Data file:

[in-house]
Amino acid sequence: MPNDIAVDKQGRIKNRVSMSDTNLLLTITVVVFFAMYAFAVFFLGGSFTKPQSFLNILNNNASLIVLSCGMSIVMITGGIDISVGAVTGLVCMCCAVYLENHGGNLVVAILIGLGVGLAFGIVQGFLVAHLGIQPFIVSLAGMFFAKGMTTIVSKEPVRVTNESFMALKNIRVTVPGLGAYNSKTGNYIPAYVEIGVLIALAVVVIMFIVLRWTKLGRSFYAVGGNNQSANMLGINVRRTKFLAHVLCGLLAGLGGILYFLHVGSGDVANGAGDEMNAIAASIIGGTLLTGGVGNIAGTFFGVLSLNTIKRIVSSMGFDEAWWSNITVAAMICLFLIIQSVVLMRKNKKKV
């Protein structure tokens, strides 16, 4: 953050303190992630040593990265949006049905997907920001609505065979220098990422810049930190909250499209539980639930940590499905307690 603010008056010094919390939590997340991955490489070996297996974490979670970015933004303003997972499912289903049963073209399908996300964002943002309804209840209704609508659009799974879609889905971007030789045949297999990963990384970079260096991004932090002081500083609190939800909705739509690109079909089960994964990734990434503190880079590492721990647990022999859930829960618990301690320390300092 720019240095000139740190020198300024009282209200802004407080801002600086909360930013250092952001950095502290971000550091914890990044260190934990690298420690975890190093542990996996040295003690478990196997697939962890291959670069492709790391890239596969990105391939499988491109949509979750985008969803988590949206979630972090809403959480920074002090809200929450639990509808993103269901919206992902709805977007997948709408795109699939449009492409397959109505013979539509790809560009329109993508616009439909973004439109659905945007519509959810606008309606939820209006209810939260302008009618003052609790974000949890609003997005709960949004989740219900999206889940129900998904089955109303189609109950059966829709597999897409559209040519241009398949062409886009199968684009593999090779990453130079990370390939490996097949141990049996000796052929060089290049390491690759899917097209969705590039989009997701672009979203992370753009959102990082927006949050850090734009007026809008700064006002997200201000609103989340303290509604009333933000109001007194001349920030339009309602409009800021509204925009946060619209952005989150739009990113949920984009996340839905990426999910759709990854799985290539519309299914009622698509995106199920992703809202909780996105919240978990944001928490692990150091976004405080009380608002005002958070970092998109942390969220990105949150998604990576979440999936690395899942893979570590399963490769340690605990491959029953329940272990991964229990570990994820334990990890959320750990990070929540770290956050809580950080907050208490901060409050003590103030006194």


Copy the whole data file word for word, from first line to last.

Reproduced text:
[in-house]
Amino acid sequence: MPNDIAVDKQGRIKNRVSMSDTNLLLTITVVVFFAMYAFAVFFLGGSFTKPQSFLNILNNNASLIVLSCGMSIVMITGGIDISVGAVTGLVCMCCAVYLENHGGNLVVAILIGLGVGLAFGIVQGFLVAHLGIQPFIVSLAGMFFAKGMTTIVSKEPVRVTNESFMALKNIRVTVPGLGAYNSKTGNYIPAYVEIGVLIALAVVVIMFIVLRWTKLGRSFYAVGGNNQSANMLGINVRRTKFLAHVLCGLLAGLGGILYFLHVGSGDVANGAGDEMNAIAASIIGGTLLTGGVGNIAGTFFGVLSLNTIKRIVSSMGFDEAWWSNITVAAMICLFLIIQSVVLMRKNKKKV
């Protein structure tokens, strides 16, 4: 953050303190992630040593990265949006049905997907920001609505065979220098990422810049930190909250499209539980639930940590499905307690 603010008056010094919390939590997340991955490489070996297996974490979670970015933004303003997972499912289903049963073209399908996300964002943002309804209840209704609508659009799974879609889905971007030789045949297999990963990384970079260096991004932090002081500083609190939800909705739509690109079909089960994964990734990434503190880079590492721990647990022999859930829960618990301690320390300092 720019240095000139740190020198300024009282209200802004407080801002600086909360930013250092952001950095502290971000550091914890990044260190934990690298420690975890190093542990996996040295003690478990196997697939962890291959670069492709790391890239596969990105391939499988491109949509979750985008969803988590949206979630972090809403959480920074002090809200929450639990509808993103269901919206992902709805977007997948709408795109699939449009492409397959109505013979539509790809560009329109993508616009439909973004439109659905945007519509959810606008309606939820209006209810939260302008009618003052609790974000949890609003997005709960949004989740219900999206889940129900998904089955109303189609109950059966829709597999897409559209040519241009398949062409886009199968684009593999090779990453130079990370390939490996097949141990049996000796052929060089290049390491690759899917097209969705590039989009997701672009979203992370753009959102990082927006949050850090734009007026809008700064006002997200201000609103989340303290509604009333933000109001007194001349920030339009309602409009800021509204925009946060619209952005989150739009990113949920984009996340839905990426999910759709990854799985290539519309299914009622698509995106199920992703809202909780996105919240978990944001928490692990150091976004405080009380608002005002958070970092998109942390969220990105949150998604990576979440999936690395899942893979570590399963490769340690605990491959029953329940272990991964229990570990994820334990990890959320750990990070929540770290956050809580950080907050208490901060409050003590103030006194």